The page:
Tuesday, January 19, 1999

Service provides
public access to
what’s going on

Interested citizens and lobbyists
have a way to keep up with
the legislative action

Online directory to
legislators and their offices
By Pat Omandam


As a lobbyist and government affairs manager at GST Telecomm Hawaii, Lisa Suan often relied last year on the Public Access Room at the state Legislature to track bills and committee hearings.

So when the 1999 session starts tomorrow, you'll know where to find her.

1999 Hawaii State Legislature "I think it's great," Suan said. "I don't know how I would survive without it."

As the only one of its kind in the 50 states, the Public Access Room has become Oahu's gathering place for the public during the legislative session.

Last year, 4,000 people used the fourth-floor Capitol space, while an additional 6,000 seeking help reached staffers by telephone, said Kimo L.D. Brown, public access coordinator at the Legislature.

Brown said the access room is often the last resort for people who have been shunted from office to office in state government, searching for answers. The room is a division of the Legislative Reference Bureau, the legislature's library.

"We have a policy here that either we will get you the answer, or we will go out and find the person who has the answer you need, and we will send you right to them," Brown said.

For starters, the access room serves as the information office for the Legislature. It can answer any public questions about the Legislature, its process, or the session calendar.

But what makes it unique, Brown said, is that it serves as the workplace for the public, providing free use of typewriters, computers, access to the Internet -- as well as staples, paper, rubber bands, pens, pencils, highlighters and other office aid. Most work focuses on preparing testimony, researching bills and writing letters.

Last year, the room made 135,000 photocopies for the public. The office also conducts in-house and community workshops on the legislative process, Brown said.

"We know that there are no other places in the building set aside specifically for the public, except for the library," said Brown, whose mother was an office manager for several Republican senators in the 1960s and '70s.

This session, the Public Access Room is expecting much more use in cyberspace, as it went online three weeks ago with a Web page.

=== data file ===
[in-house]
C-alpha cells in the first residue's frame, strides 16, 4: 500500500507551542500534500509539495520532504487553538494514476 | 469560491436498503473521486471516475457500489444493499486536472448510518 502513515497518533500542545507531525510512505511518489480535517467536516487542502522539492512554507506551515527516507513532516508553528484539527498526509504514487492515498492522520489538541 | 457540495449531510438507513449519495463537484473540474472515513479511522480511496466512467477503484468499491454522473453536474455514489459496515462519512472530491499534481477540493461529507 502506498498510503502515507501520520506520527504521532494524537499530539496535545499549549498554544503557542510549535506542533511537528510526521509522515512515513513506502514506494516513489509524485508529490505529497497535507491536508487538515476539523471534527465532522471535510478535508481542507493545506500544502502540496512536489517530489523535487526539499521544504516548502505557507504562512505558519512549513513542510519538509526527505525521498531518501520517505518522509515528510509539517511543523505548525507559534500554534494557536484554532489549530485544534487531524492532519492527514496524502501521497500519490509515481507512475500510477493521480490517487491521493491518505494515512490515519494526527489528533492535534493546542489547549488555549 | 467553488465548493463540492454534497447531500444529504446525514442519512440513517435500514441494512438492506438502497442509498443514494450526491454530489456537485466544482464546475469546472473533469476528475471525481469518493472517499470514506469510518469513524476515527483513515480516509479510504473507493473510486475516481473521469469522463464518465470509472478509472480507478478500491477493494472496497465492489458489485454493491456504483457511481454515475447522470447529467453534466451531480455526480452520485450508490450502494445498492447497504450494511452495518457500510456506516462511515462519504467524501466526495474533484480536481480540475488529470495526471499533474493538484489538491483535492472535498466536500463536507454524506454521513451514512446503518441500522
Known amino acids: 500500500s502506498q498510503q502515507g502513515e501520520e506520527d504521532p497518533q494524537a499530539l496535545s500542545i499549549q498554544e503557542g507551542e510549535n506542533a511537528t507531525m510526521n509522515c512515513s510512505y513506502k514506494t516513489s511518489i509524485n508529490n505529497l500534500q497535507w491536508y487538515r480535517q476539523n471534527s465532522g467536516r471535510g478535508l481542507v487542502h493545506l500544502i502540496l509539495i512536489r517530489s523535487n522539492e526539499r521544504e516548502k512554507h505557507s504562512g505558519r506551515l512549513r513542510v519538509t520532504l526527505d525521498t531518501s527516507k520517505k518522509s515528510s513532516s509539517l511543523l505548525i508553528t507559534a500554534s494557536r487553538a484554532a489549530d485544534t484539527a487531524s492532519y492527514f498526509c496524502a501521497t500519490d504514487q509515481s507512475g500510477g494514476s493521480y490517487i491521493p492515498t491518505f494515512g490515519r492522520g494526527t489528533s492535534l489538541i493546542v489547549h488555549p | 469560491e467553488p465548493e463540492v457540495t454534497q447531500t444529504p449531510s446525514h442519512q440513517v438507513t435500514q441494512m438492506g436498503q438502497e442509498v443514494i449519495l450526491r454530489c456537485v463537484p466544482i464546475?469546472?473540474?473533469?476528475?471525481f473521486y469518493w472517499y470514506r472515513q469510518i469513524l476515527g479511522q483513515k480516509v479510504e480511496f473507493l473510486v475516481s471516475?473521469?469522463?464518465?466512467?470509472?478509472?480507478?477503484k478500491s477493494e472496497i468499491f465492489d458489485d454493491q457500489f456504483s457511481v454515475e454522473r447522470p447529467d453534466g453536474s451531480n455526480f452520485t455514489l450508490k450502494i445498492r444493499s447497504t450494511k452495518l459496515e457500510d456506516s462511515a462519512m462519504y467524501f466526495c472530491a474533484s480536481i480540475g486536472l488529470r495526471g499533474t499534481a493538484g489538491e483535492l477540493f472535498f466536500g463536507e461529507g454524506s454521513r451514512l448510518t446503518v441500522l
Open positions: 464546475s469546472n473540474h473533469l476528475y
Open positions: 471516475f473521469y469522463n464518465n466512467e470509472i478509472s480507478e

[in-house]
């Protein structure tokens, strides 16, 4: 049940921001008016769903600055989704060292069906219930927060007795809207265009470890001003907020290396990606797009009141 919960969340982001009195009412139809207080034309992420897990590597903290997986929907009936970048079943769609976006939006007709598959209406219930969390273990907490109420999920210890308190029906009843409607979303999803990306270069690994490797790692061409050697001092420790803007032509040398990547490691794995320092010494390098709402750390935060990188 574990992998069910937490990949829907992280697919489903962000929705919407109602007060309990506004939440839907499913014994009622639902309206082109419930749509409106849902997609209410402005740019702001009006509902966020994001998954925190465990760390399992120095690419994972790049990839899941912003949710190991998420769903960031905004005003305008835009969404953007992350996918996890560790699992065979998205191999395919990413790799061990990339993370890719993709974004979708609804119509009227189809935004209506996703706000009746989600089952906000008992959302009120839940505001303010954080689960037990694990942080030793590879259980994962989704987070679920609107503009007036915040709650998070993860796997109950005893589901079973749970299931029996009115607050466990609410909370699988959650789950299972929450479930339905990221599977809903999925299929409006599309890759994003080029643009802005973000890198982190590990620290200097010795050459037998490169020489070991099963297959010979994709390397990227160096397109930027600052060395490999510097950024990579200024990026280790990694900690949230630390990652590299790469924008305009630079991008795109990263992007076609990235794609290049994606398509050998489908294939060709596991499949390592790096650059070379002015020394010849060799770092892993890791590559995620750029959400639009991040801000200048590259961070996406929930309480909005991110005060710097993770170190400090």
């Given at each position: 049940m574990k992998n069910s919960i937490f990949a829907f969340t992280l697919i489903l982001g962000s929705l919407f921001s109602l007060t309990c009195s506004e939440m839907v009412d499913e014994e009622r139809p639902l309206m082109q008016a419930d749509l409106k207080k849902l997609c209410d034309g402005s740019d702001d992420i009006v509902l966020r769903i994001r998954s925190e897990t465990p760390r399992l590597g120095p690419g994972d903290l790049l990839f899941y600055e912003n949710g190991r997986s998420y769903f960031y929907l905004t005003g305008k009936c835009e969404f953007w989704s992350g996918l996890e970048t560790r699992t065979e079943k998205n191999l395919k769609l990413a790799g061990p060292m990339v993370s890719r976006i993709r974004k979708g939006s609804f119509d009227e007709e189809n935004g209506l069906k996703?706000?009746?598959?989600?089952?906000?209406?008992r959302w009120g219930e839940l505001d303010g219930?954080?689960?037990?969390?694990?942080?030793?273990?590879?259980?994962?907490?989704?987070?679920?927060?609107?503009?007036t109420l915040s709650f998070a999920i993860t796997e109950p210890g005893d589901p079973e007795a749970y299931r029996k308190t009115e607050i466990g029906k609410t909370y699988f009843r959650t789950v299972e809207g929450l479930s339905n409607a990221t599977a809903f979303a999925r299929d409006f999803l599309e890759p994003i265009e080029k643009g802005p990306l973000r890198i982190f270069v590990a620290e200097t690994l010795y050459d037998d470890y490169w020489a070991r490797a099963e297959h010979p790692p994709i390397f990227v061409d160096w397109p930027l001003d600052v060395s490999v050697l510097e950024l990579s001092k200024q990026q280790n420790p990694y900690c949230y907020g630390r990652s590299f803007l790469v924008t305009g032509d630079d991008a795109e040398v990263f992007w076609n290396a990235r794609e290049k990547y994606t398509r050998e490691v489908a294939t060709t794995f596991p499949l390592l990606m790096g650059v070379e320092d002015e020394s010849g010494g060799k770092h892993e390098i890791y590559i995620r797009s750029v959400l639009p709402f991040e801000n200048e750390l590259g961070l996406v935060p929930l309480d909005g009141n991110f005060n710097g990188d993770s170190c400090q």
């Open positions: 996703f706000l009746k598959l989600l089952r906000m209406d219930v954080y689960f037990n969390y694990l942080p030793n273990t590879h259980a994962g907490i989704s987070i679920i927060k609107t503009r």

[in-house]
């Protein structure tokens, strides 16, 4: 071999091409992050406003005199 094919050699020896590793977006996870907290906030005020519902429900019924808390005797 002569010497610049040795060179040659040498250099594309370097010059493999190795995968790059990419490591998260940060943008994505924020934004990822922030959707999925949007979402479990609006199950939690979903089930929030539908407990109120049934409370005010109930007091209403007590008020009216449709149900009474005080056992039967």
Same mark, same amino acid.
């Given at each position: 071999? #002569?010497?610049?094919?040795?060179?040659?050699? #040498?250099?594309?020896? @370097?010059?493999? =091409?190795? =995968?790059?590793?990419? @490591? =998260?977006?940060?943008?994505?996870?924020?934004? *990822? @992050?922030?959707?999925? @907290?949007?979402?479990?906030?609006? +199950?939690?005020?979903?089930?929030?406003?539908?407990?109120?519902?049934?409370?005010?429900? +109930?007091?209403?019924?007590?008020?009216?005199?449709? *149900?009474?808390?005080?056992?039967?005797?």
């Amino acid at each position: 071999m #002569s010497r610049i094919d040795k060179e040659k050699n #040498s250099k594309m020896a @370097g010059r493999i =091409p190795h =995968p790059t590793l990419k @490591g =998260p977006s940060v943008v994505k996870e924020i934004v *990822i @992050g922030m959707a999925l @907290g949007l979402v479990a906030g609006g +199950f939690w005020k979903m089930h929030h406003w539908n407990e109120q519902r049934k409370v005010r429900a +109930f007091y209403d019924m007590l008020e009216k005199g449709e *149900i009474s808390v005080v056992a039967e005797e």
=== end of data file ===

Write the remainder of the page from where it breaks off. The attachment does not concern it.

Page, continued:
The new site -- http://www.capitol.hawaii.gov -- includes the full text of bills, resolutions, hearing notices, orders of the day, legislative documents and committee reports. Also there, for what Brown said is the first time anywhere are the full volumes of the Hawaii Revised Statutes.

A citizens group last year helped design the Web page to ensure it had what the public wanted.

"Anyone with a computer and a modem can find out what's going on in the Legislature," said Larry Meacham, Common Cause Hawaii executive director, who with Suan were among the site's designers. He noted that when L'ektra Anderson, his Common Cause predecessor, headed a coalition of citizen groups to start the Public Access Room, there initially was no funding. Now it runs on a $92,000 annual budget.

How to find it, where to call

Office hours

Key information on the Public Access Room of the state Legislature, on the fourth floor of the state Capitol, room 401:

bullet Hours: 8 a.m. to 6 p.m. Mondays-Fridays, 8 a.m. to 2 p.m. Saturdays, with special extended hours during legislative deadlines and holidays

bullet Telephone: 1-800-587-0478; neighbor islands can call toll-free. From the Big Island, call 974-4000; Maui, 984-2400, and Kauai, 274-3141. Molokai and Lanai can call 1-800-468-4644. From all islands, enter ext. 70478 after the telephone number

bullet Fax: 1-800-587-0793

bullet E-mail: par@capitol.hawaii.gov

bullet ACCESS Computer Information System: 296-4636

bullet Audio ACCESS (automated bill status): Oahu, 586-7000. Neighbor islands dial toll-free number above, then ext. 67000

Computer tracking

Each legislator has a state-assigned e-mail address (see Page 12). In addition, here are key Web sites to monitor the session or to access government information:

bullet Hawaii State Legislature: http://www.capitol.hawaii.gov

bullet Public Access Room: http://www.hawaii.gov/lrb/par/

bullet Legislative Reference Bureau: http://www.hawaii.gov/lrb/

bullet Hawaii State Government: http://www.hawaii.gov

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